Oh the saccharine days of youth, when “calories” were absent from our vocabulary and comprehension. Doughnuts tasted better then as they were acceptable at any time of day, and didn’t necessitate a higher intensity workout or instill guilt. They were a breakfast menu item before an early morning soccer game and certainly passable as a hors d’oeuvre before Sunday pot roast. One could live on Timbits alone when pulling an all-nighter.
Despite all the adverts for acai this and that, Zumba, bootcamps, Shape-Up shoes (and flip flops!), Weight Watchers loaves of bread, yoga-everything and acknowledgement that doughnuts are mere lard and icing—the dangerous doughnut is making a comeback. It’s the year of the Dragon AND the doughnut. Cupcakes and their red velvet loveliness have been pushed to the curb by the nostalgic resurgence of a childhood classic.
In Toronto, gourmet hot dogs and artisan grilled cheese sandwiches are also hogging the press. Duck and pulled pork poutine reviews are clogging blogs. Bannock on Queen is merging all the fatty trends with a duck poutine pizza. The Thompson Hotel Diner is plating “grilled cheese burgers”—a beef patty juxtaposed between two grilled cheese sandwiches. Joining the heavyweight ring is “The Butter Burger” at The Stockyards Smokehouse & Larder. It shares a griddle with red wine butter, bone marrow and blue cheese.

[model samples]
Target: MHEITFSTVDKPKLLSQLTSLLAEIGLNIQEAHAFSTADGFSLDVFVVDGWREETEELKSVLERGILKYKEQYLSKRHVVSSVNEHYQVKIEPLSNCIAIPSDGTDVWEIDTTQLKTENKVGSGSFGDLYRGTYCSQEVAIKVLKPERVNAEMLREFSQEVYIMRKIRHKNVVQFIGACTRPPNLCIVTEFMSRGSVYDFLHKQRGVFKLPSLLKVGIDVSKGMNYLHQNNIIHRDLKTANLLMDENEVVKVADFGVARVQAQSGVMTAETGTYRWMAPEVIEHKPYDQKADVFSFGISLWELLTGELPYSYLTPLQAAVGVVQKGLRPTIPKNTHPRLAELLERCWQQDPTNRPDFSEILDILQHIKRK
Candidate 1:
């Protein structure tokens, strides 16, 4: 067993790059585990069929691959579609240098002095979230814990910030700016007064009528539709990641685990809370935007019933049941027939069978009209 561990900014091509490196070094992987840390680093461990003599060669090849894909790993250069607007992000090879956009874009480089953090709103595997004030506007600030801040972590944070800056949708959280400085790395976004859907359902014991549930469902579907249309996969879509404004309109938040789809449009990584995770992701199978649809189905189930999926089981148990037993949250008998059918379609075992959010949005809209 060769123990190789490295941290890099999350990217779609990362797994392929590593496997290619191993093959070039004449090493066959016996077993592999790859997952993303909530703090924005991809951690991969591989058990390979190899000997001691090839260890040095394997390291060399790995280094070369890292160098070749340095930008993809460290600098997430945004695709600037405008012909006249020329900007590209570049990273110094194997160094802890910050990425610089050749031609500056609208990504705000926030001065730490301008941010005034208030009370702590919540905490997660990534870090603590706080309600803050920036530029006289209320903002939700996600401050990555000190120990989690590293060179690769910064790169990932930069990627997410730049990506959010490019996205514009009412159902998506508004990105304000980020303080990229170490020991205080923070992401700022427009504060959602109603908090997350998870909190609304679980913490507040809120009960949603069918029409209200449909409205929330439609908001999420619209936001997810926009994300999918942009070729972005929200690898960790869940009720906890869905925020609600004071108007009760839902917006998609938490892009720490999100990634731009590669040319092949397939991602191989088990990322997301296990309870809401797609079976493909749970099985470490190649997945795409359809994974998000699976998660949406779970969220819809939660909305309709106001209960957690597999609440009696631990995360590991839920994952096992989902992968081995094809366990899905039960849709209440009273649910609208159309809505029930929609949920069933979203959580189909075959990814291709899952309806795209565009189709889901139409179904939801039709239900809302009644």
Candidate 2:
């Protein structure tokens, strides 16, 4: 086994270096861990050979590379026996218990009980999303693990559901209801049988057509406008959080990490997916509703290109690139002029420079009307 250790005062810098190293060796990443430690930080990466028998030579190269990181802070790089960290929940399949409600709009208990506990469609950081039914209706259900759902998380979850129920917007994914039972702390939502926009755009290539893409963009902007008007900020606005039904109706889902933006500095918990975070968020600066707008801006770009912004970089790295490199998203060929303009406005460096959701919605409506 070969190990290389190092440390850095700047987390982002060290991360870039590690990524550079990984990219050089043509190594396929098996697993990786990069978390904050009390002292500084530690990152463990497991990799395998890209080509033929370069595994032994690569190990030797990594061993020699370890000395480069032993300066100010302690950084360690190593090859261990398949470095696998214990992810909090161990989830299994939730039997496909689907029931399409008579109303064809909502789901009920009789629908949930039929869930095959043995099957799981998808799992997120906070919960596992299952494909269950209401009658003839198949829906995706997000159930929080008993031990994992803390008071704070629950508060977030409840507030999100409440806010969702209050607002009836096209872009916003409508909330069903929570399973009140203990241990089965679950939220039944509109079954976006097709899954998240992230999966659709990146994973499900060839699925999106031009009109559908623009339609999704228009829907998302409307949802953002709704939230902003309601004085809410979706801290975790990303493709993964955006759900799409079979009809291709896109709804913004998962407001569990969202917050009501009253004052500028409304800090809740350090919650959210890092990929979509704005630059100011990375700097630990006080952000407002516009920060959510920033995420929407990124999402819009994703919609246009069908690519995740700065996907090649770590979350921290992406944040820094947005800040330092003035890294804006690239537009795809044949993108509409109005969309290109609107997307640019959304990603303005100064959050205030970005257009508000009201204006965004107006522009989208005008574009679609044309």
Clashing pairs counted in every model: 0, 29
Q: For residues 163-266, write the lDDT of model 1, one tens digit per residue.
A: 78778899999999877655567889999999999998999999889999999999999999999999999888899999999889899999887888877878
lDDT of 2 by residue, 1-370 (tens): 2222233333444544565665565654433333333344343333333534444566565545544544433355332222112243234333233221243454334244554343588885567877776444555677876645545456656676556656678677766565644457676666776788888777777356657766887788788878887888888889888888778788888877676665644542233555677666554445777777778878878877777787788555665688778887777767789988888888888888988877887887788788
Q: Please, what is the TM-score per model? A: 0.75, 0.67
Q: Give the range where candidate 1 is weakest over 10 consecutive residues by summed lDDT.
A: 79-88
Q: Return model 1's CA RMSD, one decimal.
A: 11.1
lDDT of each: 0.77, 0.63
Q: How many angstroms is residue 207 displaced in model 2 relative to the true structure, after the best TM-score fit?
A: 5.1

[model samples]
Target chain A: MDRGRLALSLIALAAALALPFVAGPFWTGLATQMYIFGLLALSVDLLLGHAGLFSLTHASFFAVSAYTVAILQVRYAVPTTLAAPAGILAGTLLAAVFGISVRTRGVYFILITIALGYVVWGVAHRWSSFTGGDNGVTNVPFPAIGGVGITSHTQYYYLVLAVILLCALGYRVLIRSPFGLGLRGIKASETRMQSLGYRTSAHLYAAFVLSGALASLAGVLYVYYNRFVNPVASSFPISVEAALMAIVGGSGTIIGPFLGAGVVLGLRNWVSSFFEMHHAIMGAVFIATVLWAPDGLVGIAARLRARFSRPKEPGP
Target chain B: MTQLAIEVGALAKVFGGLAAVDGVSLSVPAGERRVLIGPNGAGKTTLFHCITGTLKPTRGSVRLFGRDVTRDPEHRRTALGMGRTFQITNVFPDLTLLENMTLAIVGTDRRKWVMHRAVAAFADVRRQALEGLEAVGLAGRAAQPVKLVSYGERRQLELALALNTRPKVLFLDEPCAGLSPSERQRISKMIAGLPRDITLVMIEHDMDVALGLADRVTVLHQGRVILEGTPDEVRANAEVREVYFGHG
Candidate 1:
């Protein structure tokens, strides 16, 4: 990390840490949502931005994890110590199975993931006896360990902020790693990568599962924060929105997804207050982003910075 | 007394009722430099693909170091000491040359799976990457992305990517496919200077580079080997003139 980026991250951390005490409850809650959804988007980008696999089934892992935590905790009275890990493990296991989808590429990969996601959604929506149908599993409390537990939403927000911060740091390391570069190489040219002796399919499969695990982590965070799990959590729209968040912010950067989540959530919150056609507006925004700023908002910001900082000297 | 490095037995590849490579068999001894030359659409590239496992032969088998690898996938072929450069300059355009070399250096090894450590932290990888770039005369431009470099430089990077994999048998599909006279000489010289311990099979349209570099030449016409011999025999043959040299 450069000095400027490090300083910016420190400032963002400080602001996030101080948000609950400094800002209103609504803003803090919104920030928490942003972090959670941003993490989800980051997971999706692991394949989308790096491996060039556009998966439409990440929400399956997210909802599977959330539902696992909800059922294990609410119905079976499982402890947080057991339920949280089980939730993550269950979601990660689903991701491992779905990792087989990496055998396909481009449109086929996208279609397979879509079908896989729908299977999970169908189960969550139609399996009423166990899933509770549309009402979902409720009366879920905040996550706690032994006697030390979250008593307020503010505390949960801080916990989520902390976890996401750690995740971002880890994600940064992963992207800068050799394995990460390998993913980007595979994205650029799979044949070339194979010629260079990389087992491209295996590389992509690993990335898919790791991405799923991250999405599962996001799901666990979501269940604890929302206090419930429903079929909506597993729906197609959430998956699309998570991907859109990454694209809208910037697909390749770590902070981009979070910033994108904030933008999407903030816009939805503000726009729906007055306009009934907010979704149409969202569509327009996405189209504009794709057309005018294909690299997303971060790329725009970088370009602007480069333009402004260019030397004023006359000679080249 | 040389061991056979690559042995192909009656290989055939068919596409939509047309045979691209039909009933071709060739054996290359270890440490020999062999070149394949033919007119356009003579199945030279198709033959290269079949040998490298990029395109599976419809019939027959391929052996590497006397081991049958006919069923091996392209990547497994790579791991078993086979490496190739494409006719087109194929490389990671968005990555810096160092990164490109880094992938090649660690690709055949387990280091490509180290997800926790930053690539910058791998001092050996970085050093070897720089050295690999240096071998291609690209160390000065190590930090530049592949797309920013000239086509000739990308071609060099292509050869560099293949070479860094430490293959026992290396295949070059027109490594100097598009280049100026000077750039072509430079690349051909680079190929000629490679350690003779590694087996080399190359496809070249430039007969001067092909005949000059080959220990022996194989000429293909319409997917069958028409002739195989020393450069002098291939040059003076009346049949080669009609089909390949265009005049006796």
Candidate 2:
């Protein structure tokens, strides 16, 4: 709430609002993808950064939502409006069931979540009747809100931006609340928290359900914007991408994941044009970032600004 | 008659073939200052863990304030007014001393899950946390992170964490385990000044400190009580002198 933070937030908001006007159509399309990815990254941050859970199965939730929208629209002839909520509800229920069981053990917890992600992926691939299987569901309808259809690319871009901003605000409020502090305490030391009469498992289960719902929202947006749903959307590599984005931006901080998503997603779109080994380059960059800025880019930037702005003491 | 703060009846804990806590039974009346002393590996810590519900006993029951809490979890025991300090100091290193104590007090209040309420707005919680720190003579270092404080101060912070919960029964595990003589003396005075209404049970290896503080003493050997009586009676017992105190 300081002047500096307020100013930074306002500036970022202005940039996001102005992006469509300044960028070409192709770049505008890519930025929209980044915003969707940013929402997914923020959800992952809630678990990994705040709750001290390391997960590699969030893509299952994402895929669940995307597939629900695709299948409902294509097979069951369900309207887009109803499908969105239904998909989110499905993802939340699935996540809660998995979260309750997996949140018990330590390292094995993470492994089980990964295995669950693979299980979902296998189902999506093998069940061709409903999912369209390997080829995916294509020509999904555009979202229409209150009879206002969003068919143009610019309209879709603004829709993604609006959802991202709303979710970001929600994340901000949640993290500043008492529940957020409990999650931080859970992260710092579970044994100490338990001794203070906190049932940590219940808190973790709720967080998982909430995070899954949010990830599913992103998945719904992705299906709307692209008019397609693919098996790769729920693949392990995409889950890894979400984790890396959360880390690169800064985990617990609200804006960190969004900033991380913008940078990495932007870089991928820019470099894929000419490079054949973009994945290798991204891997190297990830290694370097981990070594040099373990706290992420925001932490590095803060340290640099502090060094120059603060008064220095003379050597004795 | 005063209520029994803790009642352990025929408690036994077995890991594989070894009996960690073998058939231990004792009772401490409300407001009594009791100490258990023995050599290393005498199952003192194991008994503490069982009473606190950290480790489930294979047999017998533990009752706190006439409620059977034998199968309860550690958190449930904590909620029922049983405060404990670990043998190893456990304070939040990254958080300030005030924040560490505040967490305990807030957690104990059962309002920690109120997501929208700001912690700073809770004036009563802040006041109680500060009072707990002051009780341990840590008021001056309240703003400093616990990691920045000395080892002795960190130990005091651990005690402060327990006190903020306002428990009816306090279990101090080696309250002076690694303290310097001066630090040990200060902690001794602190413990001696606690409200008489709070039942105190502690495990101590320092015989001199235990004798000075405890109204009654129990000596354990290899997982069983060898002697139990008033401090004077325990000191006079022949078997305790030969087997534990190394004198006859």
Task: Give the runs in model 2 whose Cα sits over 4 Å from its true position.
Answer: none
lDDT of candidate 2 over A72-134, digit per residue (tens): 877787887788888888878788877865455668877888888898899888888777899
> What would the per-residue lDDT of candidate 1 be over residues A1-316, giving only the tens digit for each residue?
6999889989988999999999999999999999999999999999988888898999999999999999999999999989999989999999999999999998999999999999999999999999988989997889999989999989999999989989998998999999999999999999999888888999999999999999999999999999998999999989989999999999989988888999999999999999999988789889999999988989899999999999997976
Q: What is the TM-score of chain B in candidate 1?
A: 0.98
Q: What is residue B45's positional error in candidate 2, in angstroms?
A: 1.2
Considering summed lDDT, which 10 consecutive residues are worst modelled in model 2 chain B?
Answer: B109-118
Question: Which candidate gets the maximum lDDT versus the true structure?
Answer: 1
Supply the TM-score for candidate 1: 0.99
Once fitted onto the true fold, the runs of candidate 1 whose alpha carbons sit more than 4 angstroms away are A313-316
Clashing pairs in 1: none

And this brings me to bacon. It’s weaseled its way into every food group: PC Black Label bacon marmalade, bacon & cheddar popcorn, bacon ice cream, maple bacon donuts and even bacon-washed whiskey. TOCA at the Ritz-Carlton, Toronto, took bar snacks to the glass ceiling by offering maple syrup-infused bacon strips with hoity cocktails.
It’s no surprise that doughnuts have pushed their way back into the spotlight too. In comparison to the goliath burgers and poutine pile of curds and WEIGH, Tim Horton’s doughnuts score a more impressive nutritional mark. The Tim’s caramel apple fritter is only 310 calories, 0g cholesterol, 10g total fat, 5g saturated, .1 trans fat, 51g carbs, 17g sugar, 4g protein, 2% fibre and 15% of your daily iron intake.
I can’t even recall the last time I had a real-live-doughnut. In 2008? Uganda, I think. However, I’m a sucker for fusion, upscaled nostalgia and bacon-anything.